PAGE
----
The students of Aerie are eligible for $100 prizes each year include the Patricia Goedicke Poetry Award, the James Welch Fiction Award, the Norman Maclean Nonfiction Award, the Rudy Autio Visual Arts Award, the Lee Nye Photography Award, the Richard Hugo Sense of Place Award, and the Chief Charlo Celebration of Culture Award.

Aerie International is the only magazine of its kind dedicated to high school students editing and publishing the work of their peers worldwide. Last year the student editors solicited and read more than 350 submissions from 13-19 year olds from England, Russia, Turkmenistan, Japan, Finland, Canada, and across the United States.

Since 1999, Big Sky High School’s two literary arts magazines have received or been nominated for the highest award rank in the National Council of Teacher’s of English Program to recognize excellence in sudent literary magazines seven times.

Last year both magazines received the highest award.

For still more information as well as other donation avenues, call Lorilee Evans-Lynn at Big Sky High School at 728-2401, or write to Aerie International, Big Sky High School, 3100 South Avenue W. Missoula, MT 59804.

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UM to host discussion on the plight of women and children in Haiti

This upcoming Wednesday, Save the Children executive vice president Carolyn Miles will be in town to lead a community discussion titled “Women and Children at Risk: Haiti and the Developing World.”

The discussion will be hosted by the World Affairs Council of Montana, which is asking for a $5 admission fee for members of the public; it’s free for students and World Affairs Council members.

According to the news release:

Miles, an established leader in the nonprofit sector and developing world, has traveled to more than 45 countries. Her visit to Missoula is part of a national outreach effort to increase awareness of the challenges faced by women and children in developing nations.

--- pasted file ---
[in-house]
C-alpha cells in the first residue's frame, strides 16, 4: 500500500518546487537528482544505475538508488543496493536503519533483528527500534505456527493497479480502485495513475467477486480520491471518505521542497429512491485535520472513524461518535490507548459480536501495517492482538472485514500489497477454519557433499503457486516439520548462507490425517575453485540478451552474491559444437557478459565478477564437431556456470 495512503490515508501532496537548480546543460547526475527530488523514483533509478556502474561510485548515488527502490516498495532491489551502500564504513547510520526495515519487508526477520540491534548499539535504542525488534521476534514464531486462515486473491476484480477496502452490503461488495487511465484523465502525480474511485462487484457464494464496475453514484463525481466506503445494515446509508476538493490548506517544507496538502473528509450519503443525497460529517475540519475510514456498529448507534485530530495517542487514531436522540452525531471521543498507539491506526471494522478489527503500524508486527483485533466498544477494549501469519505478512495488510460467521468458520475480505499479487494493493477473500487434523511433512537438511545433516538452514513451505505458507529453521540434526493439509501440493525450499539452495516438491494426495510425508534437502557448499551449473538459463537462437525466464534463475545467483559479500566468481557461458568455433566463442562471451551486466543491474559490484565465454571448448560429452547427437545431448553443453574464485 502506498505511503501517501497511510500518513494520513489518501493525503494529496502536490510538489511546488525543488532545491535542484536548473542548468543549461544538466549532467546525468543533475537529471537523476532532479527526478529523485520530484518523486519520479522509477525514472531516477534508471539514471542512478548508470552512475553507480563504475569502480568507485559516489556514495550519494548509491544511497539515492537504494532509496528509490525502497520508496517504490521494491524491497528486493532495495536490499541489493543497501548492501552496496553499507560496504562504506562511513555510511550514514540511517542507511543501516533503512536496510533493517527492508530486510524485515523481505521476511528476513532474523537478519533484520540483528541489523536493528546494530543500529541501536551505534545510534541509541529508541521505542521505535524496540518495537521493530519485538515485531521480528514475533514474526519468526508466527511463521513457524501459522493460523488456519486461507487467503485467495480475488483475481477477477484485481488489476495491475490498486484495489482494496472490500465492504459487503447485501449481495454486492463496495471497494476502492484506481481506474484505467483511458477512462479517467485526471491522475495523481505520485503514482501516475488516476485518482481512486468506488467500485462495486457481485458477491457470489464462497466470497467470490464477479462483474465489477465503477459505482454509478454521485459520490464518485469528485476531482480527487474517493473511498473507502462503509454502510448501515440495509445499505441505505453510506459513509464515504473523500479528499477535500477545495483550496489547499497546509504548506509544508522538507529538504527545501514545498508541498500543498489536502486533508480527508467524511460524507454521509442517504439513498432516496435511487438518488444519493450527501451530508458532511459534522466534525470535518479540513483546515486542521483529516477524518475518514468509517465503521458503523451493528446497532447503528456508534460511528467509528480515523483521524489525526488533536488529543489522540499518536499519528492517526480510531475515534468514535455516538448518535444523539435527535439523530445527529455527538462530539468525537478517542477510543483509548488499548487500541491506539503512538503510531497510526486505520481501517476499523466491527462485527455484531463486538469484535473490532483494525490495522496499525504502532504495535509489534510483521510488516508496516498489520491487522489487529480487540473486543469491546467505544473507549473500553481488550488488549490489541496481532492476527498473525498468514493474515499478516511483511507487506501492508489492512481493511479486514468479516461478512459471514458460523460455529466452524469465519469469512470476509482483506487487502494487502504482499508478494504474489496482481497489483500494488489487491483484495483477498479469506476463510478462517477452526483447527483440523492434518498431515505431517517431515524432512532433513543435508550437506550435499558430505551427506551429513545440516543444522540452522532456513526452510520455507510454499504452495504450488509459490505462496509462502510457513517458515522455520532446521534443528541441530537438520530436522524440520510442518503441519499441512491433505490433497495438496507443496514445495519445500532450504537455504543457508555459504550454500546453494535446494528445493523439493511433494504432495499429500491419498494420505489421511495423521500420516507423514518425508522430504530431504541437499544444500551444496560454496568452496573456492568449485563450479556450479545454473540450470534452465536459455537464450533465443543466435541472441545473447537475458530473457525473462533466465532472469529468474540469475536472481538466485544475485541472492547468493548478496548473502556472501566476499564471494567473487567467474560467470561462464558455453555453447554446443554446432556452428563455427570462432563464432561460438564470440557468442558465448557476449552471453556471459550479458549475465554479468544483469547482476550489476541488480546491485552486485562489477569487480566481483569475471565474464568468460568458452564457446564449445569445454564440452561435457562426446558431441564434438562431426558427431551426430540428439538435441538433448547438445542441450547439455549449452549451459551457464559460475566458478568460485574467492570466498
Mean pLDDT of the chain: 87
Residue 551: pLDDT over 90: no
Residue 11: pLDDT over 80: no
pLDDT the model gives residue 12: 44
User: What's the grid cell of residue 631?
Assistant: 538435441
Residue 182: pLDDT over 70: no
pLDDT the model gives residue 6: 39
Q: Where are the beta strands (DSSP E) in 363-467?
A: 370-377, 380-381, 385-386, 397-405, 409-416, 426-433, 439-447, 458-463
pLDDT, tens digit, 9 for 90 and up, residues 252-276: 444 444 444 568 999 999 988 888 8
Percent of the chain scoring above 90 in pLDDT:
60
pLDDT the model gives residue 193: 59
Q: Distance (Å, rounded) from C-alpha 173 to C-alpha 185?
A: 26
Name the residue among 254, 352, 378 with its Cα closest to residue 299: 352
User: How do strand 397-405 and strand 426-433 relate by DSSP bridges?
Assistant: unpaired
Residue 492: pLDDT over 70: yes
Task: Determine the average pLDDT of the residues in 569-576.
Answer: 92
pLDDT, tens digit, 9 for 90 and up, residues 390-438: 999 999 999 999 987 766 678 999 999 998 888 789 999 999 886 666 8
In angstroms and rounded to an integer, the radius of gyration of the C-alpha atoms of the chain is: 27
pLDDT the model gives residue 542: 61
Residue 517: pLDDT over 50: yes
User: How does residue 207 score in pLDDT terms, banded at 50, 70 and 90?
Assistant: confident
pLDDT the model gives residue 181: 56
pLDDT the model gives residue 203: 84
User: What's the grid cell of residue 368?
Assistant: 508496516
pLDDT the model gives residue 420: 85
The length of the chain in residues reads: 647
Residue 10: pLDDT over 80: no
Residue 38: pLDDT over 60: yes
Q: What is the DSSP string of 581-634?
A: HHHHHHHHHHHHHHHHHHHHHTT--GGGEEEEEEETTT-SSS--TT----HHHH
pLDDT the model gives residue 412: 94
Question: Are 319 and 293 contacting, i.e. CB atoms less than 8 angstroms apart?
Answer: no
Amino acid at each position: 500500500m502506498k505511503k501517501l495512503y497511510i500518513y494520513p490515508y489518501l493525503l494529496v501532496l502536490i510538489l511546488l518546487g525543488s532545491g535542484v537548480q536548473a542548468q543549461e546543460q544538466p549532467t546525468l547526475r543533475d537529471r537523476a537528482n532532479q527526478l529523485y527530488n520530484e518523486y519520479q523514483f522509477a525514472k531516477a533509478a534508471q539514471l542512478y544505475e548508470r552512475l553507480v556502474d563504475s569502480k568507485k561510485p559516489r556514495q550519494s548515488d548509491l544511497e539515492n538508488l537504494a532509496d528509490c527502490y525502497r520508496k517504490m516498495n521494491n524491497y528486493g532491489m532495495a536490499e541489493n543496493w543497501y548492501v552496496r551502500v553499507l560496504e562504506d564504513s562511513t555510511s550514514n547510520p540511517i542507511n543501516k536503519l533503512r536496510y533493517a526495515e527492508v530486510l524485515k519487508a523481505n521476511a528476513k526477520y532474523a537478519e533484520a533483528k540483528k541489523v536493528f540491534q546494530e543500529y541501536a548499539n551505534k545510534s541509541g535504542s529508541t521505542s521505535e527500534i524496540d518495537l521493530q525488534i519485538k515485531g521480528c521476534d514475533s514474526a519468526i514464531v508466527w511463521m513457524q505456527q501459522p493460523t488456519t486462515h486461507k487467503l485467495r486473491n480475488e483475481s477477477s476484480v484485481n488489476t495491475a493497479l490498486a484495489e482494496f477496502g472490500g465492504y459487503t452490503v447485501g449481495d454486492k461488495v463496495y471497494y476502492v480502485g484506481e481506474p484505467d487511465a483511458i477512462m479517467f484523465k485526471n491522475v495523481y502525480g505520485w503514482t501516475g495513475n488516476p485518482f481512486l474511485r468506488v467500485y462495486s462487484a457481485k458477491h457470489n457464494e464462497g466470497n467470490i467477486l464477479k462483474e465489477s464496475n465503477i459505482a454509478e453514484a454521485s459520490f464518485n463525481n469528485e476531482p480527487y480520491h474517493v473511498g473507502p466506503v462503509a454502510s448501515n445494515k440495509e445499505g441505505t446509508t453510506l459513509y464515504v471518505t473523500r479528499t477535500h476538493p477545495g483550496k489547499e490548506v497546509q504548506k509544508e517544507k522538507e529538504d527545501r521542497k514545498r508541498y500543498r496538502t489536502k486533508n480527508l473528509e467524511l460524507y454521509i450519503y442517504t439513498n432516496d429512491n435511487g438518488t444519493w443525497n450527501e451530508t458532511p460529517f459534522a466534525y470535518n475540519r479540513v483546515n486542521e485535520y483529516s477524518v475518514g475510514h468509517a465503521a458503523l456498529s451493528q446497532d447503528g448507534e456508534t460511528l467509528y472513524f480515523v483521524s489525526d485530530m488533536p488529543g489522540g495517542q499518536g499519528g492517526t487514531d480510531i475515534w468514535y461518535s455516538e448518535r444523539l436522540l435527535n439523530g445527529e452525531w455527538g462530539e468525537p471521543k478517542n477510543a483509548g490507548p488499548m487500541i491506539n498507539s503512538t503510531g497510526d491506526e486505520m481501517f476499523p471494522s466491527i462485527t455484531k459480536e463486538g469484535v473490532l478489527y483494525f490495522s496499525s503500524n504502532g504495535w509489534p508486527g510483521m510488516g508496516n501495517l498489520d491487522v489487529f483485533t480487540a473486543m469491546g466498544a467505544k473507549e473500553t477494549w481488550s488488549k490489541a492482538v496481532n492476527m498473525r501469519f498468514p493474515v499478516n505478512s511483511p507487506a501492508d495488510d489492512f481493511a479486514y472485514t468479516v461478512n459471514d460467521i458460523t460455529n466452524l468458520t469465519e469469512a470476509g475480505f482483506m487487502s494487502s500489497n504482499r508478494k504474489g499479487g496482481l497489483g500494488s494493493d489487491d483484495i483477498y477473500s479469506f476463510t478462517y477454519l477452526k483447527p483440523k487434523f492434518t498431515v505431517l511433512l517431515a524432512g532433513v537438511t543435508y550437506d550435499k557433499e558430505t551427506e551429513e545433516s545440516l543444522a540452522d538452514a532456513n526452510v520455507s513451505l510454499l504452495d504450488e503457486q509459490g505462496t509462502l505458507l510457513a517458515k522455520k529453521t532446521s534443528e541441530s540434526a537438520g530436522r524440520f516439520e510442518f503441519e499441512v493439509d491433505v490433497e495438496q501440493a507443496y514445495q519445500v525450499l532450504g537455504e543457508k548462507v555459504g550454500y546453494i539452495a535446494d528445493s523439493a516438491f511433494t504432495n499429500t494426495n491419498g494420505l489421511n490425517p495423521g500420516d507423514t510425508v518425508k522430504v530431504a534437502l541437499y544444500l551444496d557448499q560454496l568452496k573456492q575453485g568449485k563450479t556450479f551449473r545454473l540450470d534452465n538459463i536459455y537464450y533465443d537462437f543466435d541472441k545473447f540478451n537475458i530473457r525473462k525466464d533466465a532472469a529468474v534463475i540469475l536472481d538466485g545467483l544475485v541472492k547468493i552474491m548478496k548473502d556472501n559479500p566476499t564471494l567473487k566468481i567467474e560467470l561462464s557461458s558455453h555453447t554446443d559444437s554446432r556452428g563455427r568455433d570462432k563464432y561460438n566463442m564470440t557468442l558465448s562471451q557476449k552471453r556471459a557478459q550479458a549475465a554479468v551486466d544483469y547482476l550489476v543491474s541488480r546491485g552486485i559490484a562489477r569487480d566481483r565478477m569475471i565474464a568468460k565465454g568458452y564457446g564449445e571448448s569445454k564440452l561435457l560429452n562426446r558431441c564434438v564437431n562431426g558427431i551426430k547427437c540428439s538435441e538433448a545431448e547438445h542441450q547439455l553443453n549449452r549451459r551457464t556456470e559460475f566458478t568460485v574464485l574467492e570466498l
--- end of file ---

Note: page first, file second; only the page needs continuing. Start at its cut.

She will speak about the growing efforts to empower women, as well as Save the Children’s successful programs that address issues of basic health and education services for children around the world.

Miles also will discuss efforts being made to increase economic opportunities, HIV/OVC initiatives for children and communities, and emergency assistance during natural disasters, war and conflict.

This month marks the one-year anniversary of the Haiti earthquake disaster. Miles will share impressions from her recent visit to the country and the level of progress toward improving conditions from the tragedy.

The event is part of the World Affairs Council of Montana’s Distinguished Speakers Program and is the 2011 Dirk and Kim Visser/Allegiance Benefit Plan Management Inc. lecture. It is co-sponsored by the Maureen and Mike Mansfield Center at UM.

Show up at the University Center Ballroom at 7 p.m. with your $5 if you want to attend. For more information, visit the World Affairs Council website.